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Punjabi  Sikh Diaspora (Latin America)


in numbers but those who were isolated had to give up the turban sooner than later. Those immigrants who had spouses from Punjab, persevered with the turban for a longer period. Very few, if any, in second and third generation kept the turban in order to get better social acceptance. Local wives either encouraged or demanded greater assimilation and the men could not put up much of a resistance to what was becoming inevitable. In earlier years cremating the dead was not possible. The dead had to be buried as per the local custom. Some Sikhs in deference to family expectations had elaborate family burial tombs.

From ‘Sikhi’ point of view, the contribution of Yogi Bhajan’s efforts has to be highly admired. The linkage with India, Punjab and the Sikhs is, naturally, better where the parents have taken the children to India for varying periods of time. At least the second generation then has some exposure to things Indian. The nostalgia for homeland continues, as is natural, but better living conditions and financial prosperity is an important compensating factor. It is not easy to return to Punjab especially if you have to accept lack of success. The individual and sometimes family ‘izzat’ is at stake. Migration of relatives, village mates, and other friends or known persons was encouraged and facilitated to the maximum extent feasible.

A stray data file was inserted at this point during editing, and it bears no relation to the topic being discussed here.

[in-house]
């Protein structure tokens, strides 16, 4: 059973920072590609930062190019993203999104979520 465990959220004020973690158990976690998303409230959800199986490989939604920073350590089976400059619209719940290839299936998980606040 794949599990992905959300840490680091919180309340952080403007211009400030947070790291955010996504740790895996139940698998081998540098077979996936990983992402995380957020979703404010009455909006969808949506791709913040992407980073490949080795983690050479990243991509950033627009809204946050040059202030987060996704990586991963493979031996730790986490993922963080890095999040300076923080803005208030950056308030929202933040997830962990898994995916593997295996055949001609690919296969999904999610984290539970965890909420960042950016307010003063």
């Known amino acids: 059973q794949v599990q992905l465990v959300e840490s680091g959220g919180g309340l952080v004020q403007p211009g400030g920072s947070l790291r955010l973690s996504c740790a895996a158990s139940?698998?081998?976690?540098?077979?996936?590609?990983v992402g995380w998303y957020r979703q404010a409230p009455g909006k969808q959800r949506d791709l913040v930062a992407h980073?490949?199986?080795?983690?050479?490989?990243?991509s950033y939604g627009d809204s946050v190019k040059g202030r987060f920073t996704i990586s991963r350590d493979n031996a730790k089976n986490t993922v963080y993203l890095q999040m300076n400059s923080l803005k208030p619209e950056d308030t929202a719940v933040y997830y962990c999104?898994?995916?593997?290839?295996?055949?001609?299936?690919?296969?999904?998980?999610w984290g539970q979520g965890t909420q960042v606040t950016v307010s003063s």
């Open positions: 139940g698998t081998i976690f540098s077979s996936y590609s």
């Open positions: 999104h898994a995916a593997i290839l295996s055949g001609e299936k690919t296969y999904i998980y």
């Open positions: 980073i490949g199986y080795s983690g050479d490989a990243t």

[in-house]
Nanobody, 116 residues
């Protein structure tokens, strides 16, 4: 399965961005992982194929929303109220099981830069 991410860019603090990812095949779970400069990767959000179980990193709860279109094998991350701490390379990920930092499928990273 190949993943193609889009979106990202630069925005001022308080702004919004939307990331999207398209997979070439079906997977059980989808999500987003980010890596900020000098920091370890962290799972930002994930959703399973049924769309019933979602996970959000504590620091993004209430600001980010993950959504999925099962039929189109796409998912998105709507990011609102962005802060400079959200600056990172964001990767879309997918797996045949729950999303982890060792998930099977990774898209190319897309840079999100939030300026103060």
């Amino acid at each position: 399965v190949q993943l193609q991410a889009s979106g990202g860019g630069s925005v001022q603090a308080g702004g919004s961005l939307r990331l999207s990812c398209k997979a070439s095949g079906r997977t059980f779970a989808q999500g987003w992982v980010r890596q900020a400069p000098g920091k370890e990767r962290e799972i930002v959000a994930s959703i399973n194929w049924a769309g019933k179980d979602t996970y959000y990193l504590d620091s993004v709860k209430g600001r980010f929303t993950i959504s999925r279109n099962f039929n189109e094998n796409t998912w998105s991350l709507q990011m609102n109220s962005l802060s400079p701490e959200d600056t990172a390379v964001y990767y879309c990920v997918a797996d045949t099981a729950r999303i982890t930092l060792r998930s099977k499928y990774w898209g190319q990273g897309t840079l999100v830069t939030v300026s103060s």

These are separately given –Argentina, Bolivia and Brazil in some detail and Belize, Mexico, Cuba, Panama and Ecuador in summary form.

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Article Published in The Sikh Review
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